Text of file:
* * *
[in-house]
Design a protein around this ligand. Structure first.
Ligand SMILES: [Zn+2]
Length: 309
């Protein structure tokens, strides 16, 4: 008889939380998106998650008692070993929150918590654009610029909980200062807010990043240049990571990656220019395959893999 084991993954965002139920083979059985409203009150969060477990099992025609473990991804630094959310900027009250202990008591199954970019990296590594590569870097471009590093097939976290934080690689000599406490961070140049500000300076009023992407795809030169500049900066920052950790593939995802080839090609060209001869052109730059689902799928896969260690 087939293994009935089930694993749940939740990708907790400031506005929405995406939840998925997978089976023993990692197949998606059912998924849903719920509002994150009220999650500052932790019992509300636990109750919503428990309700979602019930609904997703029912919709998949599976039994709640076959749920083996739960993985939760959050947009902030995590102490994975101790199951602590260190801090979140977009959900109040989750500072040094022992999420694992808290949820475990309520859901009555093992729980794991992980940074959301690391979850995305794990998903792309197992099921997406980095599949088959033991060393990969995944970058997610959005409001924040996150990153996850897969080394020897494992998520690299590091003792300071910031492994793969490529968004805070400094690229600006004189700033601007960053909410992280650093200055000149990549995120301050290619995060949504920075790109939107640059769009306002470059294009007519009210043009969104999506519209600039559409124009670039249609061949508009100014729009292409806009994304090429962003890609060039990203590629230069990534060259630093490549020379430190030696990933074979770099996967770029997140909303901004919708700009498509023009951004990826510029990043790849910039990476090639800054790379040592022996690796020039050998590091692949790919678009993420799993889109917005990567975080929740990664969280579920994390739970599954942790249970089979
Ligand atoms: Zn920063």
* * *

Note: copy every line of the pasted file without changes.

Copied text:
[in-house]
Design a protein around this ligand. Structure first.
Ligand SMILES: [Zn+2]
Length: 309
């Protein structure tokens, strides 16, 4: 008889939380998106998650008692070993929150918590654009610029909980200062807010990043240049990571990656220019395959893999 084991993954965002139920083979059985409203009150969060477990099992025609473990991804630094959310900027009250202990008591199954970019990296590594590569870097471009590093097939976290934080690689000599406490961070140049500000300076009023992407795809030169500049900066920052950790593939995802080839090609060209001869052109730059689902799928896969260690 087939293994009935089930694993749940939740990708907790400031506005929405995406939840998925997978089976023993990692197949998606059912998924849903719920509002994150009220999650500052932790019992509300636990109750919503428990309700979602019930609904997703029912919709998949599976039994709640076959749920083996739960993985939760959050947009902030995590102490994975101790199951602590260190801090979140977009959900109040989750500072040094022992999420694992808290949820475990309520859901009555093992729980794991992980940074959301690391979850995305794990998903792309197992099921997406980095599949088959033991060393990969995944970058997610959005409001924040996150990153996850897969080394020897494992998520690299590091003792300071910031492994793969490529968004805070400094690229600006004189700033601007960053909410992280650093200055000149990549995120301050290619995060949504920075790109939107640059769009306002470059294009007519009210043009969104999506519209600039559409124009670039249609061949508009100014729009292409806009994304090429962003890609060039990203590629230069990534060259630093490549020379430190030696990933074979770099996967770029997140909303901004919708700009498509023009951004990826510029990043790849910039990476090639800054790379040592022996690796020039050998590091692949790919678009993420799993889109917005990567975080929740990664969280579920994390739970599954942790249970089979
Ligand atoms: Zn920063």